The chief doctor in Nevada’s prison system acknowledged this week how high the stakes are in keeping COVID-19 out of the state’s inmate population, noting that there are large numbers of prisoners who are susceptible because of chronic medical conditions.
Dr. Michael Minev’s statements to lawmakers on Thursday come as the Nevada Department of Corrections has reported that 11 staff members have tested positive for the virus. Of 39 inmates tested as of earlier this week, none have turned up positive — a fact cited as prison officials pushed back on calls to further depopulate prisons in court and at meetings of the Nevada Sentencing Commission.
“We do have a very large susceptible group of inmates and we have been extremely fortunate in not having any COVID positive inmates at this time,” Minev, the prisons’ chief medical officer, said at an Interim Finance Committee meeting. “I’m doing everything in my power to prevent any type of infections from getting into our facilities.”
Lawmakers discussed a plan to use $416,000 to help hire 28 temporary nurses at prisons through June 30. The funding is initially coming from the state’s inmate welfare account, with the intent that the federal government will reimburse the state from federally approved coronavirus relief funds.
Prison officials want to station the additional nurses at gatehouses in seven prison facilities, where they can screen staff and visitors for COVID-19 symptoms. When they aren’t doing screening at entrances, the nurses will be backup for health care personnel who are out because of COVID-19, such as the seven prison nurses who are currently in quarantine as a result of the pandemic.
Asked why the agency wanted registered nurses rather than licensed practical nurses, who have a lower level of training and cost less to hire, staff noted that there is a larger pool of RNs than LPNs. But Minev also pointed out that they’ll be looking for an increasingly wide range of symptoms, and the clinical expertise of an RN could make a difference in detecting the highly contagious illness that has no vaccine or treatment.
“I see this investment in the RNs at our gatehouses and the entrance of our institutions as really an investment as our only line of defense, as a firewall … against presumably our employees bringing in COVID-19,” he said.
Aside from COVID-19’s potential to spread quickly among inmates living in close quarters, Minev said he’s not confident community hospitals would be able to absorb a large influx of inmates. Many are located in rural, remote communities such as Ely and Lovelock.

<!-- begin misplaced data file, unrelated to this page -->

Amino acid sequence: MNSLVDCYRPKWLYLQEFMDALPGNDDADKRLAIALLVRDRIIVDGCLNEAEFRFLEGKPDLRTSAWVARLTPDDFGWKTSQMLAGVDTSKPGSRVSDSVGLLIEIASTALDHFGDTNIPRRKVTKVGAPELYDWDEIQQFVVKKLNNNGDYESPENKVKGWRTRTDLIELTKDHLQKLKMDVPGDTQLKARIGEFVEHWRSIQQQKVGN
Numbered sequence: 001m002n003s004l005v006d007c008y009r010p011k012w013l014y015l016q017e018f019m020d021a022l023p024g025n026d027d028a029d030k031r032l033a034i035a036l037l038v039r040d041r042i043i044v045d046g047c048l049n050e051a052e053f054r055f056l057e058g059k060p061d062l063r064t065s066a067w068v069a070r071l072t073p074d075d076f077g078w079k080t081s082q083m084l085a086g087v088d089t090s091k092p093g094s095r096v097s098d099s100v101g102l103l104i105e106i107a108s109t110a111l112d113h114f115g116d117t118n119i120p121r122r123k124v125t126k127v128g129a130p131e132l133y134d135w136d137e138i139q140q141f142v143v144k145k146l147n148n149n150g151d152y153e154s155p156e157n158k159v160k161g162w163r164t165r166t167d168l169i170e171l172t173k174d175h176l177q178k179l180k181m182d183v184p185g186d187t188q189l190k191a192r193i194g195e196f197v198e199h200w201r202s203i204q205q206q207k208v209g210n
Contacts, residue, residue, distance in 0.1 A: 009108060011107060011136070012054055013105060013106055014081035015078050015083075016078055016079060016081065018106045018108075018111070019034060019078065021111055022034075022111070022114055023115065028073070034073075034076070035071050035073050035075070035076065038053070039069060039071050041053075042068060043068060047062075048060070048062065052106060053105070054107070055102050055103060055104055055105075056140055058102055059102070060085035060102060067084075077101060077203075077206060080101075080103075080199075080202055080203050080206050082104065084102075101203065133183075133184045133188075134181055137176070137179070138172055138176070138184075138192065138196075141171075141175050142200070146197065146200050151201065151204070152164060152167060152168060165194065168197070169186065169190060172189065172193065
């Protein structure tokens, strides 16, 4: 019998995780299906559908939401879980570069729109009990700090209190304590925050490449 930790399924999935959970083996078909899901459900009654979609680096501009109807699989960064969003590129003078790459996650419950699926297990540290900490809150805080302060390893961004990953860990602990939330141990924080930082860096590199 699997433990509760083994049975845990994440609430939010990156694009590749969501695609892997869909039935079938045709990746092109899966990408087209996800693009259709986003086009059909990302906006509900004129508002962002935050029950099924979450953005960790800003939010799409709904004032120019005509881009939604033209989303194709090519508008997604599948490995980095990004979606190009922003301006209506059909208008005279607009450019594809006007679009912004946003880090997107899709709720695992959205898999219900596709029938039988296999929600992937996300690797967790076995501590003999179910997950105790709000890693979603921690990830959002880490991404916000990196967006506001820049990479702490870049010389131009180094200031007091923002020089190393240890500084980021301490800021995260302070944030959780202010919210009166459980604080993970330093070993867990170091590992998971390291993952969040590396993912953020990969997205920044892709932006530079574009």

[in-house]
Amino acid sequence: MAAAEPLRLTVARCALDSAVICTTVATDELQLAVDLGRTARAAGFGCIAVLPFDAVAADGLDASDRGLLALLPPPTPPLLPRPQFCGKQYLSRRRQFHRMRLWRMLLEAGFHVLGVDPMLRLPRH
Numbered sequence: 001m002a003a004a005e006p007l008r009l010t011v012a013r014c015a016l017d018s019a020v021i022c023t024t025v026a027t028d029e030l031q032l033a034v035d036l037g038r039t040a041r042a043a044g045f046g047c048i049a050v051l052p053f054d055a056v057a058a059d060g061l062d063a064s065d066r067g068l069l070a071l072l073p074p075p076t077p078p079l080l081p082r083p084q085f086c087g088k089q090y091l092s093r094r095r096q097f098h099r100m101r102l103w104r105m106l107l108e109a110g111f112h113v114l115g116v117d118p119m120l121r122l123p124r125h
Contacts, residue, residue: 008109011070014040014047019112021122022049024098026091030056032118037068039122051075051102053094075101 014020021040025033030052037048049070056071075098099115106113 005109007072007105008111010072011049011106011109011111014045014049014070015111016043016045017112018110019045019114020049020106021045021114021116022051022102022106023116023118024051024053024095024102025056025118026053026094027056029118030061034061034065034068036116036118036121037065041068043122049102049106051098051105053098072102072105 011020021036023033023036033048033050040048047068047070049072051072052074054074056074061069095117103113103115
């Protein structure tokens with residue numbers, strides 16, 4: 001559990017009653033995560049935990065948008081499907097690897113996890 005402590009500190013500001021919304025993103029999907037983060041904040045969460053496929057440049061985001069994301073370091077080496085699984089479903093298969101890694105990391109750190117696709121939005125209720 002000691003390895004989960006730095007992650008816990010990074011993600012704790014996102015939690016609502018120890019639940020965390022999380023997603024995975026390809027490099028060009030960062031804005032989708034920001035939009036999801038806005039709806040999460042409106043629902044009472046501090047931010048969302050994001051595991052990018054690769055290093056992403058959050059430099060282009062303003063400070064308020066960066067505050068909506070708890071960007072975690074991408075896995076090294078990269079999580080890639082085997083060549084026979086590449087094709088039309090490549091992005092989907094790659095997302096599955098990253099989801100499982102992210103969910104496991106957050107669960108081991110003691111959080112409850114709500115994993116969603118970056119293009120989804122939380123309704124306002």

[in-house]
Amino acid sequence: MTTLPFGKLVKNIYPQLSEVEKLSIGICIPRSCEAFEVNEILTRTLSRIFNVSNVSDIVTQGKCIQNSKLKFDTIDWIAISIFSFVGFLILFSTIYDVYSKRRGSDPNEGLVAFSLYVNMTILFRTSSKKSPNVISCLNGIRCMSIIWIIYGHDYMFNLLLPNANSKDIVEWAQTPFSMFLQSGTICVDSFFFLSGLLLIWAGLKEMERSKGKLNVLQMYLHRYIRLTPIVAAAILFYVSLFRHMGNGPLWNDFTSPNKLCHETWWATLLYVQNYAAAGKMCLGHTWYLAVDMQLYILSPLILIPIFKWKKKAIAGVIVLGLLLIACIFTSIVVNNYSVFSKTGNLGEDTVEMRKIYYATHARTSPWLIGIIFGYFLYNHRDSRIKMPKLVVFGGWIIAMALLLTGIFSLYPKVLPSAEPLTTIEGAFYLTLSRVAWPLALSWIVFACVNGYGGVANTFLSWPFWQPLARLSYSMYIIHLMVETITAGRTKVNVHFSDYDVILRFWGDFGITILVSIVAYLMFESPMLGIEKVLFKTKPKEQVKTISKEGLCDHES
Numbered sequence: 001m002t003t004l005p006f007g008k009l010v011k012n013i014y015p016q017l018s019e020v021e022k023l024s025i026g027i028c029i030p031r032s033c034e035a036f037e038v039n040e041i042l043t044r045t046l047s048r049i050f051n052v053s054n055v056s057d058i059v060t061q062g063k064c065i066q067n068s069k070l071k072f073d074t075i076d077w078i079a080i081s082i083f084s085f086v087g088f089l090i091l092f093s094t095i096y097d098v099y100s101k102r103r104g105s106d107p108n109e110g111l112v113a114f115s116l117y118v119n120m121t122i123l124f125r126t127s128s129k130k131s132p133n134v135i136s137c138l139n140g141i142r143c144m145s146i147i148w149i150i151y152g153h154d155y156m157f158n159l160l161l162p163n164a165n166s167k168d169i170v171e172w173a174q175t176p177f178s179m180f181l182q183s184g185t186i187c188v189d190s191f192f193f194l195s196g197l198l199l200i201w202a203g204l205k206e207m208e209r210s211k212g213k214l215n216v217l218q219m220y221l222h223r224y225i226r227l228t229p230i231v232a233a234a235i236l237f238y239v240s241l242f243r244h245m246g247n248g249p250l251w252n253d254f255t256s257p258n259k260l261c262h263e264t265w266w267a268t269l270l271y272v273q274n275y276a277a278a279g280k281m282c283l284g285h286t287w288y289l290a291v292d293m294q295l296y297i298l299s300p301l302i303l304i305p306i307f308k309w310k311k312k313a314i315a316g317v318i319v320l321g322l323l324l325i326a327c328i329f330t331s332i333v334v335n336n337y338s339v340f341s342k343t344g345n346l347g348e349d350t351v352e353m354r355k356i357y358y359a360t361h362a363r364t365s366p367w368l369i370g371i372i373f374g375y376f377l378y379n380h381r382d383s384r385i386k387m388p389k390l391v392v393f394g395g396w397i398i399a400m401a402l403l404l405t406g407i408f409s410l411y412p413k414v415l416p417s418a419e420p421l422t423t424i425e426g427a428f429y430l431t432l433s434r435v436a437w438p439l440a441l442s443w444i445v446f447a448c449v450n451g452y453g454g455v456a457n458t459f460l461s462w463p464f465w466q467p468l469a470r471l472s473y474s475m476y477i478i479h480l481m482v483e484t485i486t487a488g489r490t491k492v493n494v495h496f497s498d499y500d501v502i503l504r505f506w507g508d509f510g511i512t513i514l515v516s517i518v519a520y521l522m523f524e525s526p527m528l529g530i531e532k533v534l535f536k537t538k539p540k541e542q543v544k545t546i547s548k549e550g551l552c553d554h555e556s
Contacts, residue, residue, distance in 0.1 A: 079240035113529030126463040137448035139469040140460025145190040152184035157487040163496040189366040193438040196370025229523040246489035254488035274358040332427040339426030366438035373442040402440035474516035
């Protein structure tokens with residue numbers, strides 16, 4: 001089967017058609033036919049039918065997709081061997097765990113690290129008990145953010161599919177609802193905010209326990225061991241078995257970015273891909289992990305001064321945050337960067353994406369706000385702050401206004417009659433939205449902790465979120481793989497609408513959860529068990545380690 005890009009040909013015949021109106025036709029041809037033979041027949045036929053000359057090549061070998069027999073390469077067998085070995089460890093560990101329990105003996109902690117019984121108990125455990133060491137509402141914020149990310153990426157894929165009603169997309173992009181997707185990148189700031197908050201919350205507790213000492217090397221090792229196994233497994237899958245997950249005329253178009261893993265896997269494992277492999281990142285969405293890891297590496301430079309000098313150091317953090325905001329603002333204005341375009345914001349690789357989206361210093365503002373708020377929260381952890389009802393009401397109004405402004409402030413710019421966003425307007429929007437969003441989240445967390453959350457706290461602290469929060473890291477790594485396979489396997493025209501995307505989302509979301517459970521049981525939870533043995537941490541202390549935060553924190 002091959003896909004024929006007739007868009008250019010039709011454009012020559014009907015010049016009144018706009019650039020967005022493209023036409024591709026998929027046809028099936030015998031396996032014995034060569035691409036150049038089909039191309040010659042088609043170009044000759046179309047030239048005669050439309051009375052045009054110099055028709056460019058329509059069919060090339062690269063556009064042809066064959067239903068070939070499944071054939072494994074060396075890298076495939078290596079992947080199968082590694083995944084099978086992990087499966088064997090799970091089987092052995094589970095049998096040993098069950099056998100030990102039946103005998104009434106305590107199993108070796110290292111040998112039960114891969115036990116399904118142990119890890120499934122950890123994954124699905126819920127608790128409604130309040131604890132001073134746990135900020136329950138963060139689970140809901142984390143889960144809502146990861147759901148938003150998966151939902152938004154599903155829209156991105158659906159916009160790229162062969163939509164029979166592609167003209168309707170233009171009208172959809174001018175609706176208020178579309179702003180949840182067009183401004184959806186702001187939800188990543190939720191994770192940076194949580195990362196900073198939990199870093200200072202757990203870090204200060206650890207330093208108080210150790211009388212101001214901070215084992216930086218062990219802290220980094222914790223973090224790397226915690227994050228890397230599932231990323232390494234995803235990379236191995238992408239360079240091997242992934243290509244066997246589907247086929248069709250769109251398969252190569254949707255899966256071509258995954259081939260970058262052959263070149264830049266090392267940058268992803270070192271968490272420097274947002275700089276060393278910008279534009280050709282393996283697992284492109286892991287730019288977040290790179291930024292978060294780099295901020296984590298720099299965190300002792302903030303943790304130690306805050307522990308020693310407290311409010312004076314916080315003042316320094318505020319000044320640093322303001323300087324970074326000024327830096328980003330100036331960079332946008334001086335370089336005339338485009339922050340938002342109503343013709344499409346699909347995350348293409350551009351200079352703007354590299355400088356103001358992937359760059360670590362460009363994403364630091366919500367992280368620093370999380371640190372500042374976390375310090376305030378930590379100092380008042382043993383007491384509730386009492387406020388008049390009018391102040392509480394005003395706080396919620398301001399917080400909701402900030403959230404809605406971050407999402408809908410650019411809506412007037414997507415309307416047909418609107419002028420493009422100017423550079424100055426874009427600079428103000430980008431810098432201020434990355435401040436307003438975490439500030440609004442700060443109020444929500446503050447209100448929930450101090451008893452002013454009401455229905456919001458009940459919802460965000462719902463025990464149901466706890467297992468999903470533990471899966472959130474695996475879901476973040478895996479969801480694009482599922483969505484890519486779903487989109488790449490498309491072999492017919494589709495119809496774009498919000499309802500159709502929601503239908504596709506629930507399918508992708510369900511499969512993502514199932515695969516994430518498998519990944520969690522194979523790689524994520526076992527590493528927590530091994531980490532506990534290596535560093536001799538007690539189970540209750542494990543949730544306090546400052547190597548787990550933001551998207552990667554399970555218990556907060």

Taking inmates to hospitals is also a staff-intensive ordeal — inmates must be securely transported by officers and then accompanied 24 hours a day when they are admitted to the hospital.
Lawmakers brought other questions up to prison officials at the virtual meeting, including whether the inmates making hand sanitizer and masks for first responders through a prison industries program are allowed personal protective equipment themselves. Prison officials confirmed that they are not, and that inmates generally do not wear masks in the prison because of security concerns.
The exception is for inmates who are leaving the facility, mainly to receive medical care. GOP Assemblywoman Robin Titus, who is a doctor, questioned whether the cotton-polyester masks that inmates wear when they are outside of the prison are adequate to protect against disease they might contract in the community. She noted that only N95 masks are effective in preventing droplets containing the virus from entering the nose and mouth.
“I want you to kind of rethink how you’re sending your inmates out because we can’t afford one inmate getting this COVID virus,” she said.
Democratic Sen. Yvanna Cancela asked how the prisons decide who to test, including the severity of the symptoms needed before a test is administered. As of earlier this week, the agency had more than 500 tests on hand.
“I have instructed all providers at our facilities to have a very low threshold for calling me about any type of flu-like or cold symptoms,” Minev said, adding that the state medical director advised testing anyone with upper or lower respiratory tract symptoms. “It’s a very broad list of symptoms, and we are not taking any chances in terms of allowing any individuals with those symptoms to go untested.”
Democratic Assembly Speaker Jason Frierson requested more information about how many inmates are over the age of 65, how many are incarcerated on non-violent and non-sexual offenses, and how many have served at least 75 percent of their sentences. Those are among the categories that have been discussed as possible candidates for early release to depopulate the prisons.
“I think that those numbers would give this body some insight into what we might need to do. Not what anybody in custody is entitled to — that’s not what this is about — but we’re gonna try to mitigate exposure,” he said. “Once it happens in an environment like that, if it happened, it would be completely exacerbated beyond the normal population.”
Frierson said he watched some of the Sentencing Commission meeting Wednesday, when several proposals to recommend broader depopulation of the prisons were rejected in favor of a modest recommendation that might only allow the early release of six prisoners. Frierson called the meeting “painful” and offered oblique criticism of some of the strong advocacy against reducing the prison population.
“While I recognize that NDOC is not in a position to advocate for policy with respect to prison population, I will say I was disappointed in the Sentencing Commission — some members’ advocacy not to,” he said. “We can’t say that we’re not weighing in on certain policy, but then weigh in on the policy when it’s convenient.”